From barrels to bollekes: Antwerp’s best bars

AntwerpEuropeFood and Drink

Whether you’re looking for a classic locals’ hangout, with original 1920s decor, or a vaulted brick cellar lit by flickering candlelight, Antwerp’s bars have it all. These are some of the most characterful places in the city to enjoy a Belgian beer.

Beers galore

Best Antwerp Pubs: Gollem's Beer and Burgers

Gollem’s – Source: Facebook

Though unassuming from the outside, Antwerp’s Kulminator pub is widely regarded as the headquarters of Belgian beer. You can choose from a menu of over 600 brews, including rarities that have been cellared for 30 years or more.

You may need to be patient. Like many Flemish bars, service can be ‘quirky’. Your order will be taken when the landlord is ready to serve you, and not before.

Close to the Cathedral of Our Lady, Antwaerps Bierhuyske has a beer range that tops 300, while just around the corner, Gollem’s choices exceed 400.

Historic escapes

Oud Arsenaal opened in 1929, and its Art Deco interior has barely changed since. Sometimes it seems as if the bar’s regular customers have been there from day one, too.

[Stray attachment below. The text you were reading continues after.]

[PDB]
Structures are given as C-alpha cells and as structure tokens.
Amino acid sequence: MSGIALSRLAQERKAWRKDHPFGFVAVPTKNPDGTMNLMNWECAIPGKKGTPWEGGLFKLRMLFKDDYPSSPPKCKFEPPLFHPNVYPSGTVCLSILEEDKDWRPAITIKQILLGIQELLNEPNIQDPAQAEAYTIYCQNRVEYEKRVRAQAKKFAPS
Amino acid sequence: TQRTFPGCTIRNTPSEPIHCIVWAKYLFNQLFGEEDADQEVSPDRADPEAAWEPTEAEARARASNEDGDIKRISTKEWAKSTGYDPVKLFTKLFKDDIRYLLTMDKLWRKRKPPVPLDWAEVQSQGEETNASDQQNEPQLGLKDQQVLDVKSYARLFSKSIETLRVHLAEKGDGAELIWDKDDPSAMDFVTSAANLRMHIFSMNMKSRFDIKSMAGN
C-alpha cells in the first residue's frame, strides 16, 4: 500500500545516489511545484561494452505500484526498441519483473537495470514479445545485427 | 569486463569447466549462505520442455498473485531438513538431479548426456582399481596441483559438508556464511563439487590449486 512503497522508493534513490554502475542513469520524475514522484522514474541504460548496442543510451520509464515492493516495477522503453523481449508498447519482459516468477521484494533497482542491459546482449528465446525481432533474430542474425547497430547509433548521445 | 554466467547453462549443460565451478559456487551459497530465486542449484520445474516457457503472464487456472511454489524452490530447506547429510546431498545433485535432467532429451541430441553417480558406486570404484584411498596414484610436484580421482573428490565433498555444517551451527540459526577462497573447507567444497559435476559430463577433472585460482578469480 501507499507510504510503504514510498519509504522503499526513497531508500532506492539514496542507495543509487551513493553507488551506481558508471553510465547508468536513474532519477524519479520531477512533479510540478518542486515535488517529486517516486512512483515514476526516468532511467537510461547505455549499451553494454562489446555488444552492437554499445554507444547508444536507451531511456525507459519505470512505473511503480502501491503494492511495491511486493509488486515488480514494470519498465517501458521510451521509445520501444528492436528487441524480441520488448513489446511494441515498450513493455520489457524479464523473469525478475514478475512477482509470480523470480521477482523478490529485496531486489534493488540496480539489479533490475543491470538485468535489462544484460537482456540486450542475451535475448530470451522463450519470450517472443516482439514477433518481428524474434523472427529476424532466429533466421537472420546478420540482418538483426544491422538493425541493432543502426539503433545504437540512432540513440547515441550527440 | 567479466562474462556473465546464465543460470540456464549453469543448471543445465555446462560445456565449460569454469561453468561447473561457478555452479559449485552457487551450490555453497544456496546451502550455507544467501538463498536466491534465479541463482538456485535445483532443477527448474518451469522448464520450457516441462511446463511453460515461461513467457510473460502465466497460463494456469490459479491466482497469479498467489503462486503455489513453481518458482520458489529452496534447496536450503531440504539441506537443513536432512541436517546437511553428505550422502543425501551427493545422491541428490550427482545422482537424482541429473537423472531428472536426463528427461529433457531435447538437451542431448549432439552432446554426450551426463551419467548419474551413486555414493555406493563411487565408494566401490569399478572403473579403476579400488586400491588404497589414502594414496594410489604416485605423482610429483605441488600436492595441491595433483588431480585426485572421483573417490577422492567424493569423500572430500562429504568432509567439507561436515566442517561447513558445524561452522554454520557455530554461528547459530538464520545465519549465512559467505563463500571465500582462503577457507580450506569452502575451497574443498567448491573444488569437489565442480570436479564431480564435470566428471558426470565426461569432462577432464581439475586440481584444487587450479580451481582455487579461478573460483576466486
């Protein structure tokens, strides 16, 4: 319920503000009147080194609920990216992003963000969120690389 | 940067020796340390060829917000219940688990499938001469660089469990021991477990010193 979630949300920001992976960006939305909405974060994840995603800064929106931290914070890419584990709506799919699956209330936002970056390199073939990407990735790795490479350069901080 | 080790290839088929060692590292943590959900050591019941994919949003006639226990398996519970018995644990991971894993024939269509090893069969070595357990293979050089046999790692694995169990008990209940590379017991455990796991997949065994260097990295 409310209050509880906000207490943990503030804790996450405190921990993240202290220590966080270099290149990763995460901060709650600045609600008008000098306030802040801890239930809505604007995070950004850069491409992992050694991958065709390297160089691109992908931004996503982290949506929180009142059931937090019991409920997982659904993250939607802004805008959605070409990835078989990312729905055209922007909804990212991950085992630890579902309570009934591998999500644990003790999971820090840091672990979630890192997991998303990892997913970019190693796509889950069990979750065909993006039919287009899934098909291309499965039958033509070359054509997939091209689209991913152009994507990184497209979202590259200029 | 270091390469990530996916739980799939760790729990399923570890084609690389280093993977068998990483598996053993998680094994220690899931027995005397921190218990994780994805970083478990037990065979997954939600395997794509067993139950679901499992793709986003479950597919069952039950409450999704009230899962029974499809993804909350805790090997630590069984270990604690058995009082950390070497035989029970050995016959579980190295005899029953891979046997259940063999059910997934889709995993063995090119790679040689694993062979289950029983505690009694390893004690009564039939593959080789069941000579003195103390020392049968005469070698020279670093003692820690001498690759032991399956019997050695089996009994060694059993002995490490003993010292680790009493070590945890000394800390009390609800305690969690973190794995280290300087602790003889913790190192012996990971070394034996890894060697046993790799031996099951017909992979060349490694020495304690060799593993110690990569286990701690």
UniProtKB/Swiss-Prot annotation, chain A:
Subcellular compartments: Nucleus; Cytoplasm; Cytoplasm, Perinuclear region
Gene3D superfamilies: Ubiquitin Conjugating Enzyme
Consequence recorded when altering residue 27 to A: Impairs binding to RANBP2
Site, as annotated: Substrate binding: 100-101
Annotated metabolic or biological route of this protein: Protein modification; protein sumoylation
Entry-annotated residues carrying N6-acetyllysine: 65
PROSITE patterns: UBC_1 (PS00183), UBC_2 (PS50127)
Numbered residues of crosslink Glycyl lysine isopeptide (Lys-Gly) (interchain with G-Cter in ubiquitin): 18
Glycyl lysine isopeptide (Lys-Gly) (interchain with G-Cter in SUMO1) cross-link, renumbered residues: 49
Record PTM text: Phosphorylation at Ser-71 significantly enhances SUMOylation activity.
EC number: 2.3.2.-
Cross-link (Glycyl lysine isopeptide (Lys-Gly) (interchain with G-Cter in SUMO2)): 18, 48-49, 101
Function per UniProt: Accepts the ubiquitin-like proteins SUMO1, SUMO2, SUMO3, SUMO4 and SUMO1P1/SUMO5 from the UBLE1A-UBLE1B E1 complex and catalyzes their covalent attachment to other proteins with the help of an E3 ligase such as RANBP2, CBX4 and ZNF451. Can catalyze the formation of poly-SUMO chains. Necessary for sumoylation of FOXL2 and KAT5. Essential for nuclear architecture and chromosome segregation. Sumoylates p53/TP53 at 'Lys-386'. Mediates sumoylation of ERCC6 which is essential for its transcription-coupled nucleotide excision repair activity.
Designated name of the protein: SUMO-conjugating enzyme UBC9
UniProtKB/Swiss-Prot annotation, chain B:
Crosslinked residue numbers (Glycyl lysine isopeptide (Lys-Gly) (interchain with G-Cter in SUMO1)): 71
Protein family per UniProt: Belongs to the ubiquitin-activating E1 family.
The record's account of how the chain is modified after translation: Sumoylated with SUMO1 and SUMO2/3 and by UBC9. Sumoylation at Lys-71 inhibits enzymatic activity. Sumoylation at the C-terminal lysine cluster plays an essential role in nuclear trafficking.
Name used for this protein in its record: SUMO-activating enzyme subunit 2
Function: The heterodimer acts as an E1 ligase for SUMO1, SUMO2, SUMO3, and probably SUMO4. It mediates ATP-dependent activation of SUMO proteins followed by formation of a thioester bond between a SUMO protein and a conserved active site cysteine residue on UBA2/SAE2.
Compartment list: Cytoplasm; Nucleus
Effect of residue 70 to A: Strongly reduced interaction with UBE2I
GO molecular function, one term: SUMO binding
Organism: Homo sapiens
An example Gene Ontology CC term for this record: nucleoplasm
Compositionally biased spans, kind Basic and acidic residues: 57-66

Step even further back in time and drink by candlelight in Pelgrom’s medieval cellars. Or sit on the terrace of Pater’s Vaetje and gaze up at the majestic cathedral opposite.

To step back from the hustle and bustle of the city, head for the peaceful interior courtyard at the Groote Witte Arend.

Breweries and brewpubs

Best Places for Bolleke in Antwerp

De Koninck – Source: Flickr

Ask for a bolleke in any Antwerp bar and the staff will know what you want. This refreshing De Koninck amber ale has been brewed in the city since 1833. You can take an interactive tour of the brewery to learn how it’s made – and try a sample, of course.

Just south of the city centre, ‘t Pakhuis has been an Antwerp brewpub for a relatively modest 20 years. But age isn’t everything: its Belgian-style ales are just as tasty as De Koninck’s.

It isn’t all about beer

Once you’ve had your fill of beer, you may want to visit De Vagant, a central café with a range of over 200 jenevers (Belgian gins) and liqueurs.

The Iberian-influenced Negen Vaten does indeed have ‘nine barrels’, as its Flemish name implies. In this tapas-themed bar and restaurant, rare ports and sherries are dispensed straight from the wood. And when it’s time to call it a night, you can roll into an Antwerp hotel.

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